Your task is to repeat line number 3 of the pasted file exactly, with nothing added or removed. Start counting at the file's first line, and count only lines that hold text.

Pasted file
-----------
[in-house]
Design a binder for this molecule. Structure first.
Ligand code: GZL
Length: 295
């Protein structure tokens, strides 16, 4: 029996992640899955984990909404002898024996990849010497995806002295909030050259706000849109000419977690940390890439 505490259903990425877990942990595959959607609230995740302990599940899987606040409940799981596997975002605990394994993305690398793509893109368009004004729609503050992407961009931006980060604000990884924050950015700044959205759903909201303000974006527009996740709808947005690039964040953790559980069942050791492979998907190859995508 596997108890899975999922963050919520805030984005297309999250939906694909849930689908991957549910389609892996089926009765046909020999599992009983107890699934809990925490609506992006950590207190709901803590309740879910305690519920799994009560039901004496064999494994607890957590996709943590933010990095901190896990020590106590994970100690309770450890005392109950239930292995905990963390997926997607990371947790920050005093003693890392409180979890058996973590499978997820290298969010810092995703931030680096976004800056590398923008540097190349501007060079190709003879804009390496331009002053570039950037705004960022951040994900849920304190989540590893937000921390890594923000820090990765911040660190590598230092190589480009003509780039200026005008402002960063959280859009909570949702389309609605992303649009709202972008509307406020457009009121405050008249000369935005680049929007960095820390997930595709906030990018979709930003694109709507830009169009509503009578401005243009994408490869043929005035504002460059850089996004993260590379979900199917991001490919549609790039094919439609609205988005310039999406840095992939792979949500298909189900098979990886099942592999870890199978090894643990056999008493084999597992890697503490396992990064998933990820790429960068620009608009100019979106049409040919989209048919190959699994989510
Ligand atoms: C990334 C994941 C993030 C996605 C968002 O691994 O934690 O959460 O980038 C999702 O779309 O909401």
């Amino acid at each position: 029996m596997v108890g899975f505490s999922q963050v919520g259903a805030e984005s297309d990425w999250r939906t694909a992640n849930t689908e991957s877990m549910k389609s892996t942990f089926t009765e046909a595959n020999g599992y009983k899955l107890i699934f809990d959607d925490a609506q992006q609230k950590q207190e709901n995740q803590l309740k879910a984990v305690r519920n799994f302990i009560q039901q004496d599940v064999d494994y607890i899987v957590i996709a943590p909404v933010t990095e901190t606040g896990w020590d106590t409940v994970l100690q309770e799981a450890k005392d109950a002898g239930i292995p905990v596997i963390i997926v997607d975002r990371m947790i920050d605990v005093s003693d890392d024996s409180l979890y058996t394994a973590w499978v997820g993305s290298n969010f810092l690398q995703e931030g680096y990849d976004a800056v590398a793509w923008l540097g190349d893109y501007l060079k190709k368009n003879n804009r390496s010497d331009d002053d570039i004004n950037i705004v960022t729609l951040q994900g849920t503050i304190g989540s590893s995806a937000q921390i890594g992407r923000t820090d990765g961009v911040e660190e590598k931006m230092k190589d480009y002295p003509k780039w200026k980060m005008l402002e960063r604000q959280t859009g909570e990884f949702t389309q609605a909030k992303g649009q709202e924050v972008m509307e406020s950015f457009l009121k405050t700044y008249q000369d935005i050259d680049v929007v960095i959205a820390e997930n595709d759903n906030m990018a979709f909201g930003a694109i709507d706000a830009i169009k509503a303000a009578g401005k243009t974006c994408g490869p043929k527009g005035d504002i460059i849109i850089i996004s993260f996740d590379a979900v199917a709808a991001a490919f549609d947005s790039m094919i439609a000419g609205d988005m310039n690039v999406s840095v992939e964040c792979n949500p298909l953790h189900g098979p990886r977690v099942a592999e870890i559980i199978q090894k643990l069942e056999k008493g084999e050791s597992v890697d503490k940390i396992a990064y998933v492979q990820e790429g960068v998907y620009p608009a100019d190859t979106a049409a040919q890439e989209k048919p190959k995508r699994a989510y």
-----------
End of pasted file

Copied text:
Ligand code: GZL